Washington, D.C. – Today, the House passed a bill to provide a much-needed fix to help non-profits offset the costs of unemployment benefits for their workers.
Upon House passage, Rep. Kevin Brady (R-TX), the top Republican on the House Ways and Means Committee, released the following statement:
“I am glad to see the House pass this fix to help our churches and non-profit organizations. Congress acted with unprecedented speed to help our workers weather the storm that the COVID-19 pandemic presented, and today’s vote ensures that our non-profit organizations can continue to focus on serving our communities while paying their workers. I am eager to continue working on a bipartisan basis to ensure our workers can get back to their jobs.”
This provision was included Rep. Brady’s Reopening America by Supporting Workers and Businesses Act of 2020 (H.R. 7066). The Senate passed the measure last week and it is expected to be signed into law.
The CARES Act provided additional relief for reimbursable employers, such as non-profits and state and local governments, to help offset the costs of unemployment benefits by 50%. Non-profits are a crucial part of our social safety net and provide critical supports to low-income families. Many are now facing challenges reopening.
Department of Labor guidance required states to collect 100% of the amount owed by reimbursable employers up front. This clarifies that non-profits do not have to pay the full amount and then wait for the 50% reimbursement. The bill will relieve unnecessary financial burden on non-profits who were forced to lay off workers during the pandemic.
- Nonprofit organizations, state and local governments, and federally recognized Indian Tribes generally have the option of operating as “reimbursing employers” under state unemployment insurance (UI) systems, meaning that they make payments in lieu of contributions to finance benefits attributable to them. Most states periodically bill reimbursing employers for benefits paid out to their former employees. In turn, employers who opt for this payment method are not obligated to pay unemployment insurance payroll taxes.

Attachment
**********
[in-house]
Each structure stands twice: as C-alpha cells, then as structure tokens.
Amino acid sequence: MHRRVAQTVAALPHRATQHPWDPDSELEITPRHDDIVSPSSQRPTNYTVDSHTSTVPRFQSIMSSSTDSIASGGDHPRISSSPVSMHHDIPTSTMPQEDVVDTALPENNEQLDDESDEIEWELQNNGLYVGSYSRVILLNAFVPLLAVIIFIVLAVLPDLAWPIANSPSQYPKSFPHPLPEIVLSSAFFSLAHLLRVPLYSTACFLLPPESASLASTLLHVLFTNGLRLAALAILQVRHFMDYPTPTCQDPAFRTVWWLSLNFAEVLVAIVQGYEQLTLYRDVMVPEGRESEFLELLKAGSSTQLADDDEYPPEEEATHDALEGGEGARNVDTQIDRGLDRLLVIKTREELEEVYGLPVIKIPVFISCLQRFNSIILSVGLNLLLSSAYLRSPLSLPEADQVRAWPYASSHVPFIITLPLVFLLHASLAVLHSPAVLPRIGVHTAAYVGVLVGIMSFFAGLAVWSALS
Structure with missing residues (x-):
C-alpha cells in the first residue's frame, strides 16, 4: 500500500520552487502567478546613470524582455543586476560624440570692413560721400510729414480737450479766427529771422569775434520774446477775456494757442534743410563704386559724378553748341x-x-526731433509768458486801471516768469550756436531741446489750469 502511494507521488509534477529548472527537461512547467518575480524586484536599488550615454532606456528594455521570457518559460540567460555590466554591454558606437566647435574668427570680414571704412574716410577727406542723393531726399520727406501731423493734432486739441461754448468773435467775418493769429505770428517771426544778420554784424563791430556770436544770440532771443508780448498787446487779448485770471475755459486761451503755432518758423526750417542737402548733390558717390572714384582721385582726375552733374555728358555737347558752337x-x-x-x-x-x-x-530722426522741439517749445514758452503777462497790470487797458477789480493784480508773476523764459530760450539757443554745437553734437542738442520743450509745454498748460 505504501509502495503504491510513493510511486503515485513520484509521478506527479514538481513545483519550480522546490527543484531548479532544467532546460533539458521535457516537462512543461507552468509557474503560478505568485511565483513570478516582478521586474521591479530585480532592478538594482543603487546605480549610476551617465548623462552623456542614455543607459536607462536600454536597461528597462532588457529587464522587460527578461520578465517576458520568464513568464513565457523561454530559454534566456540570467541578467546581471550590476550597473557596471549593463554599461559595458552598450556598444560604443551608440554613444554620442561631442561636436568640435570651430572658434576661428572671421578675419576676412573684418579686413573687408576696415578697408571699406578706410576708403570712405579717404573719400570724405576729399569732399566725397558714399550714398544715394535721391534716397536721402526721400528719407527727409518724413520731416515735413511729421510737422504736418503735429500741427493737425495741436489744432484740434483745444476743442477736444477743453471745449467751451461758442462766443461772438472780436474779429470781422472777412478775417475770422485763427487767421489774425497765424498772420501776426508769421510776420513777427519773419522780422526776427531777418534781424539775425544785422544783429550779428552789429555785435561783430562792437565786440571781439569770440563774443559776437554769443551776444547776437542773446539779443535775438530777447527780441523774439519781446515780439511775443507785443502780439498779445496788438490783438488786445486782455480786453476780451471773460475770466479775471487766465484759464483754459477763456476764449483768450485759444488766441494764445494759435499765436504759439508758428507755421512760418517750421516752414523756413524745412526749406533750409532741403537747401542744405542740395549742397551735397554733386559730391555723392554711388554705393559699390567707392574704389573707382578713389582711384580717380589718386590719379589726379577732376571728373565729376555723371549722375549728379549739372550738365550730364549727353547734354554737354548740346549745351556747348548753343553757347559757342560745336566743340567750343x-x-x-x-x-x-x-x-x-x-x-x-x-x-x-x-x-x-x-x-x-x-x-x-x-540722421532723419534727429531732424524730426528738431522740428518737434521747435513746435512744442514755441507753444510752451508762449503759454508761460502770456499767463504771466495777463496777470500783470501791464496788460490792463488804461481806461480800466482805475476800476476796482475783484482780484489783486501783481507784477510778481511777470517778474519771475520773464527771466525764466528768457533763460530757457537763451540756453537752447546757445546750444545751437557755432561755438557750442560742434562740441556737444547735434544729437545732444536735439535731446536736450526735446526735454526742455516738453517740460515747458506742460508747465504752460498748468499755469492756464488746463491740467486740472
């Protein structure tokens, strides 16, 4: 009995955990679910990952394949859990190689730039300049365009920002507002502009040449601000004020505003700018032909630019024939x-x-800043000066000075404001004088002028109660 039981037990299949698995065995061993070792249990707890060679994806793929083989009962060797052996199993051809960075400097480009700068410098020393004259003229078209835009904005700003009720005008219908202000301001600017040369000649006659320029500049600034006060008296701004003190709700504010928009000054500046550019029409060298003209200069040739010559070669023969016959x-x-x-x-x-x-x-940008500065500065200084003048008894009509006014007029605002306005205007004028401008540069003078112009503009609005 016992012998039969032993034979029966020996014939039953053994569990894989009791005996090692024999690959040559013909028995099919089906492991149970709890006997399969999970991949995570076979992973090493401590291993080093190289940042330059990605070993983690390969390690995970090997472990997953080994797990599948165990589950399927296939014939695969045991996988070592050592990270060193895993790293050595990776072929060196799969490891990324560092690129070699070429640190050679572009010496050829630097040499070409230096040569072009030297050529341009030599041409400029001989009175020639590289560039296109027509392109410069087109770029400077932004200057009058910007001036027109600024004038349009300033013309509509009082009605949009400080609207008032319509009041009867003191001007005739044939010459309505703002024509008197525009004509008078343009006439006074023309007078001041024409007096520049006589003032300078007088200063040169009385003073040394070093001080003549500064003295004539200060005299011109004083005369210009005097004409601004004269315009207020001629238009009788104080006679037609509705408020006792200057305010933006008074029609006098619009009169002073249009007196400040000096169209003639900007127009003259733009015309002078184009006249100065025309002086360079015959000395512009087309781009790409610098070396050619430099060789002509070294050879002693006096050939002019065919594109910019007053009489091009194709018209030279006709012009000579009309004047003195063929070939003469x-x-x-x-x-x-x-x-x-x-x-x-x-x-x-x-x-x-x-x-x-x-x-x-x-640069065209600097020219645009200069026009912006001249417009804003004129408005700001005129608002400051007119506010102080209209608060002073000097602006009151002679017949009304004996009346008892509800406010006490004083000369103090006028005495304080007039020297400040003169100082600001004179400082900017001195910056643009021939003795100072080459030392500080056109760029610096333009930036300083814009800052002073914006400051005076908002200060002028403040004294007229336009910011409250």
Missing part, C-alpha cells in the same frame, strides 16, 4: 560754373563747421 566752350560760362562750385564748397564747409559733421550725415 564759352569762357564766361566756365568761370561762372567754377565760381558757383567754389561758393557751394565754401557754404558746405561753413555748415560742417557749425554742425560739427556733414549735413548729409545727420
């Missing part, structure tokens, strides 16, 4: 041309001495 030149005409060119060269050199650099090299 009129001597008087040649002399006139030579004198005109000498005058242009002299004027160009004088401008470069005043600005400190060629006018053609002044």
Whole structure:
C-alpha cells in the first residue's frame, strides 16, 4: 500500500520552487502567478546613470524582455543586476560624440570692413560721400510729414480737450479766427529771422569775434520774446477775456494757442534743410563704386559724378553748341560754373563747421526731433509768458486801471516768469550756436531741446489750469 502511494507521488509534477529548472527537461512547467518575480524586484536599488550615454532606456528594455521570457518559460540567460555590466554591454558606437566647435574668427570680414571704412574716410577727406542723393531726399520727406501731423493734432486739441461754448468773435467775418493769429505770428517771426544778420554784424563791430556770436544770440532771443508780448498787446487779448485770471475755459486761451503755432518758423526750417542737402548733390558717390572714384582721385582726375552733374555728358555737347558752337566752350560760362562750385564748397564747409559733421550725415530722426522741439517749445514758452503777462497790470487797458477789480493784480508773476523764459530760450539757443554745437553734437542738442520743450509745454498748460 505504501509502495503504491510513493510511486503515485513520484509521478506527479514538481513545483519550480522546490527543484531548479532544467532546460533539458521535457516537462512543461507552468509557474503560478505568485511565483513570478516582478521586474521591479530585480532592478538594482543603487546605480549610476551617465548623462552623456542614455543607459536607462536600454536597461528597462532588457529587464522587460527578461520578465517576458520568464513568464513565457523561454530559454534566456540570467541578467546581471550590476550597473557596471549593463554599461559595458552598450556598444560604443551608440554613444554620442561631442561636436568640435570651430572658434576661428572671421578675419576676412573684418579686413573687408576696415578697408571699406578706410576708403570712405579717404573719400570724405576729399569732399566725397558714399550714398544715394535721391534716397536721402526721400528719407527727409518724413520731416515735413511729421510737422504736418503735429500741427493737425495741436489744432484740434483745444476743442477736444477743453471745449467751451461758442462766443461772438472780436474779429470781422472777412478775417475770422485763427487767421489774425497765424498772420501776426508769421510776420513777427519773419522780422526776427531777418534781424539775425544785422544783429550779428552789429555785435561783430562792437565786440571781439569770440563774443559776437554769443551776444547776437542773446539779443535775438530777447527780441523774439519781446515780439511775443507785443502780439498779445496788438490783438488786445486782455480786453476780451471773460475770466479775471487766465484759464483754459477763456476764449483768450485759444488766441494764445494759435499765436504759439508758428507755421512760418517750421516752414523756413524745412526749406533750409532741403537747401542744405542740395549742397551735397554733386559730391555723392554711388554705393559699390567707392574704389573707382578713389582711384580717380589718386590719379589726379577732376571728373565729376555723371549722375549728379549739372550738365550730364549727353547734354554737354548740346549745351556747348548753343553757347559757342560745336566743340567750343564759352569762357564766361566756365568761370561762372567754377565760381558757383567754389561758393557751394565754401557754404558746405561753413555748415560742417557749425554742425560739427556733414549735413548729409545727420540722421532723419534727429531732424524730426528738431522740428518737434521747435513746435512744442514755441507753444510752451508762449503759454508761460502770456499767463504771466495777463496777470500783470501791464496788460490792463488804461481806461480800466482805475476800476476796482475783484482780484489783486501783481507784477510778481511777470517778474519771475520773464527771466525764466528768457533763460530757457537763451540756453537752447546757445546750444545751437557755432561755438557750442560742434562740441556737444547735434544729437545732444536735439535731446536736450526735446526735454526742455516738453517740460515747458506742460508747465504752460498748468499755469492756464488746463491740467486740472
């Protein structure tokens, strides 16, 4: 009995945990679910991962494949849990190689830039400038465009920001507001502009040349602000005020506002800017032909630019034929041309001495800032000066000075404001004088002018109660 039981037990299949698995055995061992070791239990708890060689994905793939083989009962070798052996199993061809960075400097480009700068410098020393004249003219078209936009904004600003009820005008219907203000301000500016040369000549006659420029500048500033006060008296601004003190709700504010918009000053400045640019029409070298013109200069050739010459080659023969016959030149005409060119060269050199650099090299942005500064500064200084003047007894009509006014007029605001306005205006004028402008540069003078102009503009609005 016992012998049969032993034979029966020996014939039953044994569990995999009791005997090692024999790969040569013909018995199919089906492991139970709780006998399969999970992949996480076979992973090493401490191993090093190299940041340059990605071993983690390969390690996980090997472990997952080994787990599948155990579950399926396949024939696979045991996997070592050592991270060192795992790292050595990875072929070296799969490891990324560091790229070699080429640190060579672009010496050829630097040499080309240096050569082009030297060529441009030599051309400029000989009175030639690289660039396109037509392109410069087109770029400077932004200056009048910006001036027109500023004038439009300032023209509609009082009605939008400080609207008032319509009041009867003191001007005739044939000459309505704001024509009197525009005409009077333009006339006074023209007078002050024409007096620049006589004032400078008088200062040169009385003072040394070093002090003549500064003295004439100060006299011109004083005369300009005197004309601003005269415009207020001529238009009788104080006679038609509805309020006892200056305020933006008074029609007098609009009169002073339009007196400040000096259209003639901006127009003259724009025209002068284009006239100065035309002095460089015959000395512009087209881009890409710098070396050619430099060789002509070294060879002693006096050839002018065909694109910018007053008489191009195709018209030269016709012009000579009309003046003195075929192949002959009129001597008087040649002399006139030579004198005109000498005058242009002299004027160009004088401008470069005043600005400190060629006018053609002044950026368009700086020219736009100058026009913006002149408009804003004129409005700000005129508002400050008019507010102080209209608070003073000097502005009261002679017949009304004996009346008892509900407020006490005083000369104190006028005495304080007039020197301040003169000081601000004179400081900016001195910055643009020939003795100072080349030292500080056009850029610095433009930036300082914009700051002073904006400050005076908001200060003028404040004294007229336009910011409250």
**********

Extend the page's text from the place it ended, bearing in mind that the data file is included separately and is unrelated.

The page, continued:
- 2103 of the CARES Act was intended to provide emergency relief to reimbursing employers by federally financing 50% of the UI obligations for these employers for the period beginning March 13 and ending December 31. However, as interpreted by the Department of Labor in guidance issued on April 27, reimbursing employers “must pay their bill in full” before they can receive reimbursement for one-half of their obligation. For many employers, the requirement to pay 100% of the UI bill before securing relief exacerbates the financial impact of historically high claims triggered by the pandemic.
- This legislation would enable states to provide the CARES Act’s 50% emergency relief to reimbursing employers without requiring these nonprofits or other entities to pay their full bill first. While the net cost to the employer and the federal government would remain the same. For states that have already begun administering Sec. 2103 relief under current law requirements, the legislation includes an explicit safe harbor for claim weeks prior to the date of enactment.
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